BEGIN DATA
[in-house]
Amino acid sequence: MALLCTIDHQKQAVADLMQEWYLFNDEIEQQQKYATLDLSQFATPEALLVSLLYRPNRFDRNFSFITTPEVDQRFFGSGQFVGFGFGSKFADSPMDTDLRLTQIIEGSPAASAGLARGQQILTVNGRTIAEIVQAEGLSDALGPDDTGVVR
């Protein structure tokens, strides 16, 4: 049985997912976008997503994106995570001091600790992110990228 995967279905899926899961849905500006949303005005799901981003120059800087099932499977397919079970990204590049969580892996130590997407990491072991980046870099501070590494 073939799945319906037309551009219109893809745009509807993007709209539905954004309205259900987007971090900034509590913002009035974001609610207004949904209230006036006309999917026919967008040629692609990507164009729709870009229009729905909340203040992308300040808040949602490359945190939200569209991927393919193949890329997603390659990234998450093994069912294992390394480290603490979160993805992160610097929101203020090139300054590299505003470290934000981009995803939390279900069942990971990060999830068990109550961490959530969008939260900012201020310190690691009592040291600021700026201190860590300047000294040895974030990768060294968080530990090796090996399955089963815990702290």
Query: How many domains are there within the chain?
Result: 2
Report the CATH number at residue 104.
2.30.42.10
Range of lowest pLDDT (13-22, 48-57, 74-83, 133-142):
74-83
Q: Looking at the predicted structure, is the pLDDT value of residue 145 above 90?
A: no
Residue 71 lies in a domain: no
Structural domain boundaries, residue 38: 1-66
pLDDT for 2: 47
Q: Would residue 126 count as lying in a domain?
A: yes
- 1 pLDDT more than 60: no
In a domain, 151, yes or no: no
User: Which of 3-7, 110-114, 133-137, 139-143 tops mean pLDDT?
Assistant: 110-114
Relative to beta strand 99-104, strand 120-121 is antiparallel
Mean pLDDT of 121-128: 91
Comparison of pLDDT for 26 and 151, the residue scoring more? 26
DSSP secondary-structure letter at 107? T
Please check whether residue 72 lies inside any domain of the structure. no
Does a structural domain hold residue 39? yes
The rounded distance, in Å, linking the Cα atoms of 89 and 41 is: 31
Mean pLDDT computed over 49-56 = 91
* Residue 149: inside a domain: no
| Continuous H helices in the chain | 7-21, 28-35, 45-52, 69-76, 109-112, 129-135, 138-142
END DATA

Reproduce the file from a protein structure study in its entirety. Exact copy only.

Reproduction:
[in-house]
Amino acid sequence: MALLCTIDHQKQAVADLMQEWYLFNDEIEQQQKYATLDLSQFATPEALLVSLLYRPNRFDRNFSFITTPEVDQRFFGSGQFVGFGFGSKFADSPMDTDLRLTQIIEGSPAASAGLARGQQILTVNGRTIAEIVQAEGLSDALGPDDTGVVR
């Protein structure tokens, strides 16, 4: 049985997912976008997503994106995570001091600790992110990228 995967279905899926899961849905500006949303005005799901981003120059800087099932499977397919079970990204590049969580892996130590997407990491072991980046870099501070590494 073939799945319906037309551009219109893809745009509807993007709209539905954004309205259900987007971090900034509590913002009035974001609610207004949904209230006036006309999917026919967008040629692609990507164009729709870009229009729905909340203040992308300040808040949602490359945190939200569209991927393919193949890329997603390659990234998450093994069912294992390394480290603490979160993805992160610097929101203020090139300054590299505003470290934000981009995803939390279900069942990971990060999830068990109550961490959530969008939260900012201020310190690691009592040291600021700026201190860590300047000294040895974030990768060294968080530990090796090996399955089963815990702290």
Query: How many domains are there within the chain?
Result: 2
Report the CATH number at residue 104.
2.30.42.10
Range of lowest pLDDT (13-22, 48-57, 74-83, 133-142):
74-83
Q: Looking at the predicted structure, is the pLDDT value of residue 145 above 90?
A: no
Residue 71 lies in a domain: no
Structural domain boundaries, residue 38: 1-66
pLDDT for 2: 47
Q: Would residue 126 count as lying in a domain?
A: yes
- 1 pLDDT more than 60: no
In a domain, 151, yes or no: no
User: Which of 3-7, 110-114, 133-137, 139-143 tops mean pLDDT?
Assistant: 110-114
Relative to beta strand 99-104, strand 120-121 is antiparallel
Mean pLDDT of 121-128: 91
Comparison of pLDDT for 26 and 151, the residue scoring more? 26
DSSP secondary-structure letter at 107? T
Please check whether residue 72 lies inside any domain of the structure. no
Does a structural domain hold residue 39? yes
The rounded distance, in Å, linking the Cα atoms of 89 and 41 is: 31
Mean pLDDT computed over 49-56 = 91
* Residue 149: inside a domain: no
| Continuous H helices in the chain | 7-21, 28-35, 45-52, 69-76, 109-112, 129-135, 138-142